Yukio Nakagawa, Sacred Book, 1994 © Nakagawa Yukio
Yukio Nakagawa, Eyelashes, 1976 © Nakagawa Yukio
Yukio Nakagawa, Somebody Comes…, 1985 © Nakagawa Yukio
Yukio Nakagawa, Clenched Fists, 1969 © Nakagawa Yukio
Yukio Nakagawa (b. 1918) departed from Japan’s oldest and largest ikebana school, Ikenobo, to create unique avant-garde flower arrangements that transcended ikebana’s staid precepts. Since his death in 2012, Atsunobu Katagiri, young master of the Misasagi ikebana school who likewise works freely across traditional and contemporary styles, often creates works in homage to Nakagawa and his earnest approach to flowers. In addition to Nagakawa’s photographic works and calligraphy, this exhibition at Ryosokuin (Kenninji Temple) features a Katagiri flower arrangement in a glass sculpture by Nakagawa.
- Yukio Nakagawa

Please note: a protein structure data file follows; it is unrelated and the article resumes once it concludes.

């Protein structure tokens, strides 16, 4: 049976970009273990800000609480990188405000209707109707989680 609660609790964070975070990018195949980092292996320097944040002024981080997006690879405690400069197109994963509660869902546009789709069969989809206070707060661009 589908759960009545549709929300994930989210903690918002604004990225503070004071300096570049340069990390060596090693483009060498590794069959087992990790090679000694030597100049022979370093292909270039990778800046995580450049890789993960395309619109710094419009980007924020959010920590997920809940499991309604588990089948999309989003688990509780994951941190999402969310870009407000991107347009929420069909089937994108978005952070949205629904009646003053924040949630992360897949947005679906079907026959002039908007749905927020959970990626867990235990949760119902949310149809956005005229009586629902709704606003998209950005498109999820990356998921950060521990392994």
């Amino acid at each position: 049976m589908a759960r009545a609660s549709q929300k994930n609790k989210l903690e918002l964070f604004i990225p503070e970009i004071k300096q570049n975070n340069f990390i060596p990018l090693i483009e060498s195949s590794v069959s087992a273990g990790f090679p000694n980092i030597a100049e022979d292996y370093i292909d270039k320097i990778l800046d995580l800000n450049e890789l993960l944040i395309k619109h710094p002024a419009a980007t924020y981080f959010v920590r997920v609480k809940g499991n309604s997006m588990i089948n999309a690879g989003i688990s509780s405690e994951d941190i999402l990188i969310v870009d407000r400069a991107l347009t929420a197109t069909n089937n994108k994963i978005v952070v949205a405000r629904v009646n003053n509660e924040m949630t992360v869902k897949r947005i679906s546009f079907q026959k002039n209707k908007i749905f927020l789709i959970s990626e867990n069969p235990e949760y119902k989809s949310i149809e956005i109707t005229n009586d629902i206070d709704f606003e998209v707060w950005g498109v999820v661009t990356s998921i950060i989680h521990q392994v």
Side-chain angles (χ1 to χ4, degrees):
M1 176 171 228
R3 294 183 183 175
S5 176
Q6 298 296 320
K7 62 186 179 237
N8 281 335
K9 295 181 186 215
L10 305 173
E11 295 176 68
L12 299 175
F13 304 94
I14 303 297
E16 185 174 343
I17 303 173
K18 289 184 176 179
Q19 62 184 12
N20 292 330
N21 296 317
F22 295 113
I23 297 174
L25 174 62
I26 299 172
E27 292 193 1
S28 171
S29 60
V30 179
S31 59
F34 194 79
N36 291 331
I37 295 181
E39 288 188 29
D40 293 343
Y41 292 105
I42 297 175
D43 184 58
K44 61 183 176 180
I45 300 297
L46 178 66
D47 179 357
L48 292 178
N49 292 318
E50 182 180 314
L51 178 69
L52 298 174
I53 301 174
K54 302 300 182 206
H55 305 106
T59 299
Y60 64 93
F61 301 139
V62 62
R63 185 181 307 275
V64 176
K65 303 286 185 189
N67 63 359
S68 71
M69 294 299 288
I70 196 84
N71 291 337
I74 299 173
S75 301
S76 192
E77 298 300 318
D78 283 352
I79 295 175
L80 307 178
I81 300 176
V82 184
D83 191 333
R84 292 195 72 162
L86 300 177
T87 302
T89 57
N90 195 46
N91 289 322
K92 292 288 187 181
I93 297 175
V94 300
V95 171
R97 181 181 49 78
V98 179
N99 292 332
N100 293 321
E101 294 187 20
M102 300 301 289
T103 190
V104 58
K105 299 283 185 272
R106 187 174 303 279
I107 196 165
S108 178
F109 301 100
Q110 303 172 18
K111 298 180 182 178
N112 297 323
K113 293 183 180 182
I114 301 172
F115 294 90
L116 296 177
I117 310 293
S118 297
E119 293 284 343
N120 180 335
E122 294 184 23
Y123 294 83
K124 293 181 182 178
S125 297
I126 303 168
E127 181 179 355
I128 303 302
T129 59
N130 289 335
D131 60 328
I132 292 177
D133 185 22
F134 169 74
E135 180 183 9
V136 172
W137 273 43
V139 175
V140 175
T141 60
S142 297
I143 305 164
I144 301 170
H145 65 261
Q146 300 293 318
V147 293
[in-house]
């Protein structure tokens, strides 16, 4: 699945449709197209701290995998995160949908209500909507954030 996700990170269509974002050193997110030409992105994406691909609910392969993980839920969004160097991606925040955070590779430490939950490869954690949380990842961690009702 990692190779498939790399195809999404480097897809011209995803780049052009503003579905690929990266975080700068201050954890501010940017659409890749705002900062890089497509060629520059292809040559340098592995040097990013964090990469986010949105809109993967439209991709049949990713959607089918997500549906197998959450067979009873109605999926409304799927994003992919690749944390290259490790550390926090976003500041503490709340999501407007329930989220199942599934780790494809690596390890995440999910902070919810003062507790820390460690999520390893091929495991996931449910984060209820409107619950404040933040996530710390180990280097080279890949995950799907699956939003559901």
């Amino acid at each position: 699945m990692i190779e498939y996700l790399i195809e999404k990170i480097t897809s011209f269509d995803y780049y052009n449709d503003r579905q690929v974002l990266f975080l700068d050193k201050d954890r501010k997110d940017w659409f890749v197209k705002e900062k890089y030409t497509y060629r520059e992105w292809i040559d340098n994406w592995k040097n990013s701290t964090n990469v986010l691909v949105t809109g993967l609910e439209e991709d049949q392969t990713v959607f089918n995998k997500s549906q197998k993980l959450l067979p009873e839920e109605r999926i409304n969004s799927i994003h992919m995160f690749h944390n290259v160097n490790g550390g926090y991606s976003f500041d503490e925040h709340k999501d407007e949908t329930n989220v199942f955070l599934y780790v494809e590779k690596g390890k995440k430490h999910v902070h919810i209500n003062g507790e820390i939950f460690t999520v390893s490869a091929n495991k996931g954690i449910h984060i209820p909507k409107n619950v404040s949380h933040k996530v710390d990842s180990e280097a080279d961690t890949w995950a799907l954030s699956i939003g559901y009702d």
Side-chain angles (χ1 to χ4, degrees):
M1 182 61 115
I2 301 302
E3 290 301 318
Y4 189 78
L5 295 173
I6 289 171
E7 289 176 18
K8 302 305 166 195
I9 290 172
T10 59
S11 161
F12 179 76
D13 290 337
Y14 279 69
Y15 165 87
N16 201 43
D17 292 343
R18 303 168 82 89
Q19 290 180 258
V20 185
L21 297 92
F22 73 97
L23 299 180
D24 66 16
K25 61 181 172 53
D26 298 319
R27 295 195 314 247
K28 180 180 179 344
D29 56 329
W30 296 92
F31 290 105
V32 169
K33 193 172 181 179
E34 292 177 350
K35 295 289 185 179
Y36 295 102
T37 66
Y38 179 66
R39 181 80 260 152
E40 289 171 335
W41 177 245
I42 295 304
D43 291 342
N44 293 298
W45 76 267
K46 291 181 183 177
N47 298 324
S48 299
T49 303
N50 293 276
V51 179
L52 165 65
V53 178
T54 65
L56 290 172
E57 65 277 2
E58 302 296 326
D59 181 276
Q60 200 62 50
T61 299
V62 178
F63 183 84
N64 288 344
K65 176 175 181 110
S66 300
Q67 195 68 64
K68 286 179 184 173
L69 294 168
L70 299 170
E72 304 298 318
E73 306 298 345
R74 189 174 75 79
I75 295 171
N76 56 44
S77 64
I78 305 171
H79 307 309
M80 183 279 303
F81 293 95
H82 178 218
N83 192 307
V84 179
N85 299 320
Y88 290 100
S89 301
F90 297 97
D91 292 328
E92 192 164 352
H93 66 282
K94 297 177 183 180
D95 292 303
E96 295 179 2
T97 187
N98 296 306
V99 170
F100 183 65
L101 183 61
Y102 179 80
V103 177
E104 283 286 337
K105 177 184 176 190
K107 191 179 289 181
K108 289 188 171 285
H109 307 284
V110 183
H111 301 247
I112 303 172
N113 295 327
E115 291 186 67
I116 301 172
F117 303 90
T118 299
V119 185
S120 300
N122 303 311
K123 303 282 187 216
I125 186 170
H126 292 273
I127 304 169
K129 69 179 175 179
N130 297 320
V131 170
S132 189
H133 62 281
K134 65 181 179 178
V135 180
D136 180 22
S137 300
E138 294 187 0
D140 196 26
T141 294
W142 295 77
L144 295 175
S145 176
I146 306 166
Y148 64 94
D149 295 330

- Born in 1918 in Marugame, Kagawa Prefecture, Yukio Nakagawa began learning ikebana (Japanese floral art) in 1942 from his aunt, who was a master at the Ikenobo School. He began to pursue an artistic career in earnest after receiving praise for his work from landscape artist Mirei Shigemori. Searching for a freer means of expression, he left Ikenobo in 1951 and thereafter, working outside the boundaries of any particular school, exhibited uniquely creative avant-garde works that transcended the concept of “ikebana”. He continued to engage in his creative practice until his death in 2012. His powerful flower arrangements, which harbor notions of life and death, continue to captivate people via the media of publications and video. In addition to his solo exhibition Hana (Flower) in 1949, Nakagawa exhibitions have been held at numerous venues, including the Marugame Genichiro-Inokuma Museum of Contemporary Art (MIMOCA) and the Miyagi Museum of Art. His work has attracted attention from various quarters, leading, for example, to a solo exhibition held at the flagship store of Japanese fashion label COMME des GARÇONS in Aoyama. His works can be found in the collections of Foundation Cartier pour l’Art Contemporain (France), Deutsche Bank, Marugame Genichiro-Inokuma Museum of Contemporary Art, and the 21st Century Museum of Contemporary Art in Kanazawa.